Taking One Of Lufthansa’s Shortest Flights (118 Miles)

Taking One Of Lufthansa’s Shortest Flights (118 Miles)

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After flying Lufthansa Embraer E190 business class from Sylt to Frankfurt, we connected from Frankfurt to Dusseldorf on a Lufthansa A320 in business class.

I’ve reviewed this plane many times before, but what intrigued me here is that this is one of Lufthansa’s shortest flights, at just 118 miles. I was curious about this flight from many angles — was the service modified due to the short duration, do people really take a flight this short, etc.?

This is among Lufthansa’s shortest routes, with the shortest being the 98-mile flight between Frankfurt and Stuttgart. It’s not even a route that’s operated infrequently, as there are often half a dozen frequencies per day.

Why we flew from Frankfurt to Dusseldorf

As I explained in the last installment, we booked an award ticket from Sylt to Frankfurt to Dusseldorf using Air Canada Aeroplan points. There are frequent and easy train connections between Frankfurt and Dusseldorf, and they only take a bit over an hour. So why did we decide to fly this short distance?

  • Adding the segment cost almost nothing (just a few dollars in taxes), while train tickets between Frankfurt and Dusseldorf are quite pricey, especially since we were only finalizing our plans pretty last minute
  • With the current state of travel in Europe, particularly with flight delays and delays with baggage, I didn’t feel great about booking a separate train ticket, in the event that there were irregular operations, since we wouldn’t be covered in the same way we would be on flights that are on a single ticket
  • Just as there have been horror stories with flying, there have also been horror stories with trains in Germany, given that Deutsche Bahn is offering 9 Euro per month tickets for the entire summer
  • With the big focus on environmentalism in the airline industry (particularly in Europe), and many routes being cut when there are easy train connections, I was curious what kind of travelers see value in these flights (admittedly I’m part of the problem there by being curious)
Frankfurt Airport was unbelievably busy

Anyway, that was my logic at the time, though I’ll say right now that I regretted the routing we took, since our checked bags ended up getting delayed, which I’ll cover in a separate post.

A reader also pointed out that there’s a direct train from Sylt to Dusseldorf, which takes around seven hours. We should have probably booked that. Even though it had double the travel time, I kind of enjoy sitting on trains, and can be productive while on them. Somehow that never crossed my mind, though, since I had assumed there would be multiple transfers involved with a train from Sylt.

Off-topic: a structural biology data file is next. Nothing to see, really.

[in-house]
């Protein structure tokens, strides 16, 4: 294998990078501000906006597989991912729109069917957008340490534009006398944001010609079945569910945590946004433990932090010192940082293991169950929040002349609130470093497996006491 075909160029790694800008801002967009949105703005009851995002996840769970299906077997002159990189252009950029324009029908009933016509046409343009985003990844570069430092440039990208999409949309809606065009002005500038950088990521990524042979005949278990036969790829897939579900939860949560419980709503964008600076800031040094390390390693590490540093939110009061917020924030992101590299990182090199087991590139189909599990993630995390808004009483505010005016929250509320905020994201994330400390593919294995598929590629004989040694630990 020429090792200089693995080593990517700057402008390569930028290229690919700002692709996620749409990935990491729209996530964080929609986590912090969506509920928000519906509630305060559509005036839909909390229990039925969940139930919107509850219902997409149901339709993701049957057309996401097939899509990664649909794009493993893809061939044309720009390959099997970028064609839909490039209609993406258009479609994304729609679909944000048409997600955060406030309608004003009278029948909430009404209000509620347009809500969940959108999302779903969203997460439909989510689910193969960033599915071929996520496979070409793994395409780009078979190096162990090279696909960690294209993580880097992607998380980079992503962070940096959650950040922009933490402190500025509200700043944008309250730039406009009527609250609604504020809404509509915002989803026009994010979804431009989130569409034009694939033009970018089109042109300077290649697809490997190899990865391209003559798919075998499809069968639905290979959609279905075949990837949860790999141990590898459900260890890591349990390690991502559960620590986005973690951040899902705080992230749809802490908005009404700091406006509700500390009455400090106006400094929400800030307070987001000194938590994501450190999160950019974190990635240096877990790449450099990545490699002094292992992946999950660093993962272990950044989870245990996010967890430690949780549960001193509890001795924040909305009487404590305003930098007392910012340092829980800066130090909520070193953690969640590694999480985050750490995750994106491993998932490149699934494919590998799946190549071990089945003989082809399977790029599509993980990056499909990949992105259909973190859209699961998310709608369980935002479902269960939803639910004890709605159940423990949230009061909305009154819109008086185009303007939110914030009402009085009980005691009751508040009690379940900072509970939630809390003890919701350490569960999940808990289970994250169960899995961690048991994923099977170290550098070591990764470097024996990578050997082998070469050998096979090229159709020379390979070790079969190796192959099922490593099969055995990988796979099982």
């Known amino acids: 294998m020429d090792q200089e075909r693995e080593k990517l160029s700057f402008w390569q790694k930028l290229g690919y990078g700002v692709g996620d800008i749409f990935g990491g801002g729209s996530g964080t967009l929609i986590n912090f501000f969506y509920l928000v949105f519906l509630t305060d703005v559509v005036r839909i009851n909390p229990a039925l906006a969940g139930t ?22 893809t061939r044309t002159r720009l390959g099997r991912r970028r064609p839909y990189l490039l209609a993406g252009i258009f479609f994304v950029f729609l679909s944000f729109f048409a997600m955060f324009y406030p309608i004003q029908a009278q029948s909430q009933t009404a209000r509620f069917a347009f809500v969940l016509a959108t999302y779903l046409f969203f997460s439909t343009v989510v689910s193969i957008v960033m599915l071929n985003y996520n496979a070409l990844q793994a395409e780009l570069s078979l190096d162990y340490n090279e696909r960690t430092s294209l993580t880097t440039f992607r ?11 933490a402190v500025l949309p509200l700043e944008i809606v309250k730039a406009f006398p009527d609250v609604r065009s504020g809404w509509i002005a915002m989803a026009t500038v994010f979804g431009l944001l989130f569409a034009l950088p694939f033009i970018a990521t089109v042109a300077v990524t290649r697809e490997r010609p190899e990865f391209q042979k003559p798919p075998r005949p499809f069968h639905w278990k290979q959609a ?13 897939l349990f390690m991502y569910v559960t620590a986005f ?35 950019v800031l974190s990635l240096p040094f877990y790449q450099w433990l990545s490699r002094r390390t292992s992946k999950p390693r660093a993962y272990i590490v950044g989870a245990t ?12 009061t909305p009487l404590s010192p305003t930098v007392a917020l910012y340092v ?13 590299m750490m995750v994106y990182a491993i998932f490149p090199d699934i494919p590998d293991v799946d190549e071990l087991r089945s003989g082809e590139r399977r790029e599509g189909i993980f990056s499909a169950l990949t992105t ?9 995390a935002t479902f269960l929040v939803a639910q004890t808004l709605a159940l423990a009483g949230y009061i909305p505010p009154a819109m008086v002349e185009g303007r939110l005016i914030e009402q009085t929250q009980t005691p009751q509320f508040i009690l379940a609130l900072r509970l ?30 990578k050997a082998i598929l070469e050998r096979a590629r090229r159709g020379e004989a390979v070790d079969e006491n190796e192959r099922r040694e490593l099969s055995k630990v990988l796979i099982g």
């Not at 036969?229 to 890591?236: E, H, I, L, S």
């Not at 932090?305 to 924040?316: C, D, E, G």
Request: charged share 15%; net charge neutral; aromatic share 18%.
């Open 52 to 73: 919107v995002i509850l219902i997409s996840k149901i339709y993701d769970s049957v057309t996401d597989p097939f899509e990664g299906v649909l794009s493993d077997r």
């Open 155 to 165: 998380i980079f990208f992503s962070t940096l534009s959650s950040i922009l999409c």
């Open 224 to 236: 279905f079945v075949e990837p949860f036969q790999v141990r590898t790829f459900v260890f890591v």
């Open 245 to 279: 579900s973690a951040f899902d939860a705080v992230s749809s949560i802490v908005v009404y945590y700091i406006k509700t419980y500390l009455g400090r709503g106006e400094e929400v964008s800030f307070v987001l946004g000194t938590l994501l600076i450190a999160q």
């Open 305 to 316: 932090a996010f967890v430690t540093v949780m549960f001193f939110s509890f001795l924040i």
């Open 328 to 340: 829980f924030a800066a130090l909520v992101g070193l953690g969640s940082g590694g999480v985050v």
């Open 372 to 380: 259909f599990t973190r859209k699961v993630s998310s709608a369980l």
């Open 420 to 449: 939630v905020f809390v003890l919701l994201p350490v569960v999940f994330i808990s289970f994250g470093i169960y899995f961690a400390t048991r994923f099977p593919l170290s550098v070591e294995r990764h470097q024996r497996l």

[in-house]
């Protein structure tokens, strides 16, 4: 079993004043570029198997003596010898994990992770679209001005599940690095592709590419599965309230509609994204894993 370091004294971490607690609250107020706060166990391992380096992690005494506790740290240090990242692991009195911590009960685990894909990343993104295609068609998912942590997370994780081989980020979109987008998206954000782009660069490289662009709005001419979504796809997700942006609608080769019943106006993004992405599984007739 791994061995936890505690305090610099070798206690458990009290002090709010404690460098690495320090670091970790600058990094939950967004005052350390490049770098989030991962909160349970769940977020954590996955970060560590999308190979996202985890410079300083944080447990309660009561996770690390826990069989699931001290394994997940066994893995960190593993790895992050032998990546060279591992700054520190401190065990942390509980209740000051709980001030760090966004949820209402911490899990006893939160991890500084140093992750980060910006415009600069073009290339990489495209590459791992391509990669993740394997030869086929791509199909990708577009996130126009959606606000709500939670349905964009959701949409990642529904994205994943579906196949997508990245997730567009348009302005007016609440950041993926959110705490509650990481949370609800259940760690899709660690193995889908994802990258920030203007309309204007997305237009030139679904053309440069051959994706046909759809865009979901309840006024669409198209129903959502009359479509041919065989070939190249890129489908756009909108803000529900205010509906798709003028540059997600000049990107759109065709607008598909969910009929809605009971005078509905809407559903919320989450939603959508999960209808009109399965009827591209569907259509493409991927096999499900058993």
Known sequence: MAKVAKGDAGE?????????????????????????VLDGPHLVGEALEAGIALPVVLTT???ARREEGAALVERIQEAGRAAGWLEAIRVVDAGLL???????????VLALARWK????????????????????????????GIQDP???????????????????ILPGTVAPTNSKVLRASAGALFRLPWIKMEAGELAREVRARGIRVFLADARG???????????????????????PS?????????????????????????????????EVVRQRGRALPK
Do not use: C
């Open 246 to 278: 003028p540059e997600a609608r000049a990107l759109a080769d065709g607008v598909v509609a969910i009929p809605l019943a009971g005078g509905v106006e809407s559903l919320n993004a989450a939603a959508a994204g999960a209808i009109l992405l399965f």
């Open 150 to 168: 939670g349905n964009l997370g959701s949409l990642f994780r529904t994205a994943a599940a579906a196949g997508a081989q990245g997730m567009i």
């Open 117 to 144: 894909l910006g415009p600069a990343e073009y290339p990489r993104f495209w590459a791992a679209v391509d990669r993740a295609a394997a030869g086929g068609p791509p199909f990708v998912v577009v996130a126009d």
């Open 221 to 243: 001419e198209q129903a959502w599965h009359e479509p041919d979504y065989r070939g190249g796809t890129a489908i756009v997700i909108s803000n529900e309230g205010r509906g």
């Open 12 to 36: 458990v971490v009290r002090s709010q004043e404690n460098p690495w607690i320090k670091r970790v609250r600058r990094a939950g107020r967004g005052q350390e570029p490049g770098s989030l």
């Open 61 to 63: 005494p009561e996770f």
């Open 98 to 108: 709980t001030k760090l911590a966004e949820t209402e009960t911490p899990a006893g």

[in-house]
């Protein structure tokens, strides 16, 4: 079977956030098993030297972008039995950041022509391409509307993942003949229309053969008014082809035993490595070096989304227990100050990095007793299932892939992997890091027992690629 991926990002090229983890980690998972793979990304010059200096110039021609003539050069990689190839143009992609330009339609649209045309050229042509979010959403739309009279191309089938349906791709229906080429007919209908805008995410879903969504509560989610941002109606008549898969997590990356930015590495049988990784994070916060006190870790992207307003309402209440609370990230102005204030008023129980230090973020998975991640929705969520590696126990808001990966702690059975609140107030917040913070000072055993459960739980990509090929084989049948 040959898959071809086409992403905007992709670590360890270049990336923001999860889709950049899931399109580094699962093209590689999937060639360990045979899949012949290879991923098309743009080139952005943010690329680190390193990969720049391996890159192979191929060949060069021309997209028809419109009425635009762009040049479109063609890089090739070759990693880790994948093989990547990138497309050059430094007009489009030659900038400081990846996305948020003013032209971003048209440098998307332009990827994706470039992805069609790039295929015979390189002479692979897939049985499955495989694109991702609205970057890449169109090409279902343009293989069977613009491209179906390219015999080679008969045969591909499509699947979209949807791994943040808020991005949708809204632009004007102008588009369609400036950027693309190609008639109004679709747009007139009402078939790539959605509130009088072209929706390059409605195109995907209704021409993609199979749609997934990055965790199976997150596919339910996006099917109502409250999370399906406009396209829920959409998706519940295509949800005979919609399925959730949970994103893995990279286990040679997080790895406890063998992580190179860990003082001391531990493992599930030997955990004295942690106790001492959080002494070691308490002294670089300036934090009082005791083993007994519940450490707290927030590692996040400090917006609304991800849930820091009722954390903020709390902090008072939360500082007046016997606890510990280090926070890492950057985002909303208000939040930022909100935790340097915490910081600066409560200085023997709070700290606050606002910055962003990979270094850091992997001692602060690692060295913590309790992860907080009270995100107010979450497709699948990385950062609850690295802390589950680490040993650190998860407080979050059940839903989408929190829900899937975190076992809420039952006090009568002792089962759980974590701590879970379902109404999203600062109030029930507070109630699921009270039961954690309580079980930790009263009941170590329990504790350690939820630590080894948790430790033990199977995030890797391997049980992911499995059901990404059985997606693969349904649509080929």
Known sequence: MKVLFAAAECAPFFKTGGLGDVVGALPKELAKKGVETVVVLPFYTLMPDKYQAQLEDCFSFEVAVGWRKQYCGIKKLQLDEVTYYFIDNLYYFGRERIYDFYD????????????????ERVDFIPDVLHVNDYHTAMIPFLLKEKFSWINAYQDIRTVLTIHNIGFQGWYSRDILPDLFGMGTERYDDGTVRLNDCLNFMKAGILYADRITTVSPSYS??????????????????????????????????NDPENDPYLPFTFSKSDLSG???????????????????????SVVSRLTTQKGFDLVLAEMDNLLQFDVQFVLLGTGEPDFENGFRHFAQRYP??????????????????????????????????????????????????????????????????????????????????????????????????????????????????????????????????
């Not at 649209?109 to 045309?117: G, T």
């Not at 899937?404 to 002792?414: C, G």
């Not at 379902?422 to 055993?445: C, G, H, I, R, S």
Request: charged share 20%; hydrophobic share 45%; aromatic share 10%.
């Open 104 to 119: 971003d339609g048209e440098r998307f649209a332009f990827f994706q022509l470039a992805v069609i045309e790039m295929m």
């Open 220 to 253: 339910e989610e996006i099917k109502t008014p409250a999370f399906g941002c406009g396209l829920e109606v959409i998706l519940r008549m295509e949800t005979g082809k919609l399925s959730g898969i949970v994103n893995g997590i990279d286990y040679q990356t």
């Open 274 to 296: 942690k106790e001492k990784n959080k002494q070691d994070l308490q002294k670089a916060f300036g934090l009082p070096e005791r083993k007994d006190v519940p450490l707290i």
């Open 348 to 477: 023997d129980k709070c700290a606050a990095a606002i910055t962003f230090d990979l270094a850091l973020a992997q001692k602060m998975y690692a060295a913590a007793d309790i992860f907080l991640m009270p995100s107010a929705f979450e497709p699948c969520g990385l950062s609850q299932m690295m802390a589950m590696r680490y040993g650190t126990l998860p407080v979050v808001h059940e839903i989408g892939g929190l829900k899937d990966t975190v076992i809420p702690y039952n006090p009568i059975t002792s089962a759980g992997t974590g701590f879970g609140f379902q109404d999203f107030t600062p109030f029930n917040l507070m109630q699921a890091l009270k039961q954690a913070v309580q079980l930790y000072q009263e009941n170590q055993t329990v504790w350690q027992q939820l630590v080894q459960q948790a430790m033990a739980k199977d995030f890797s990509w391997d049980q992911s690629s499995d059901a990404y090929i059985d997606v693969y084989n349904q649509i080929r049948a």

Lufthansa A320 that flew us to Dusseldorf

This route ended up being all too familiar

The 118-mile flight from Frankfurt to Dusseldorf has a block time of just 50 minutes. With such a short distance, I assumed the flight time could be as little as 20-30 minutes. While airlines offer very efficient service in business class on short haul flights in Europe, I figured a flight like this was too short for even a snack service.

After all, if you start the service 10 minutes after takeoff and prepare the cabin for landing 10 minutes before landing, that doesn’t leave much time. Well, I was wrong…

First of all, our flight time ended up being airborne for 32 minutes, which is quite some time to cover 118 miles. This comes down to planes never being able to fly a truly direct routing, given the direction of runways and winds.

So, what was service like? Before takeoff we were offered chocolates and bottled water, which is more service than I’ve otherwise received on the ground on Lufthansa. I wondered if that would be the extent of the onboard service.

Lufthansa business class pre-departure chocolate
Lufthansa business class pre-departure water

But nope, after takeoff there was still a snack service, from Lufthansa’s typical “Tasting Heimat” menu. Flavors from Hamburg were featured on this flight. The snack consisted of a salmon tartare tartlet with cauliflower, plus marinated North Sea shrimp on pumpernickel. Then for dessert was a whole-grain semolina mousse with elderflower jelly, cassis quenelle, and yogurt sponge.

Lufthansa business class snack
Lufthansa business class menu

That North Sea shrimp on pumpernickel is what I feared all the food in Sylt would be like, but fortunately that wasn’t the case.

I say this frequently when writing about Lufthansa, and I’ll say it again — can anyone explain to me the frequency with which Lufthansa has elderflower dishes? I feel like I see elderflower on a menu maybe once a year when not on Lufthansa, while every other Lufthansa flight has an elderflower dish. Please, someone help me understand!

Anyway, back to the service — the only real modification otherwise was that drinks were served in plastic cups, rather than in proper glassware. Lufthansa only has marginally shorter flights than this, so I’m curious, does anyone know if service is modified on any of those? Or does Lufthansa manage to serve a snack in business class on all flights?

Lufthansa business class drink

The service more or less felt as usual, and passengers didn’t in any way feel rushed. The flight did boast some great views, so I spent the short flight time looking out the window.

View after takeoff from Frankfurt
View enroute to Frankfurt
View approaching Dusseldorf
Final approach to Dusseldorf

I was surprised by how full this flight was

To my surprise, this flight ended up being quite full in both business and economy, and the business class cabin was even quite large, with seven rows.

Lufthansa A320 business class cabin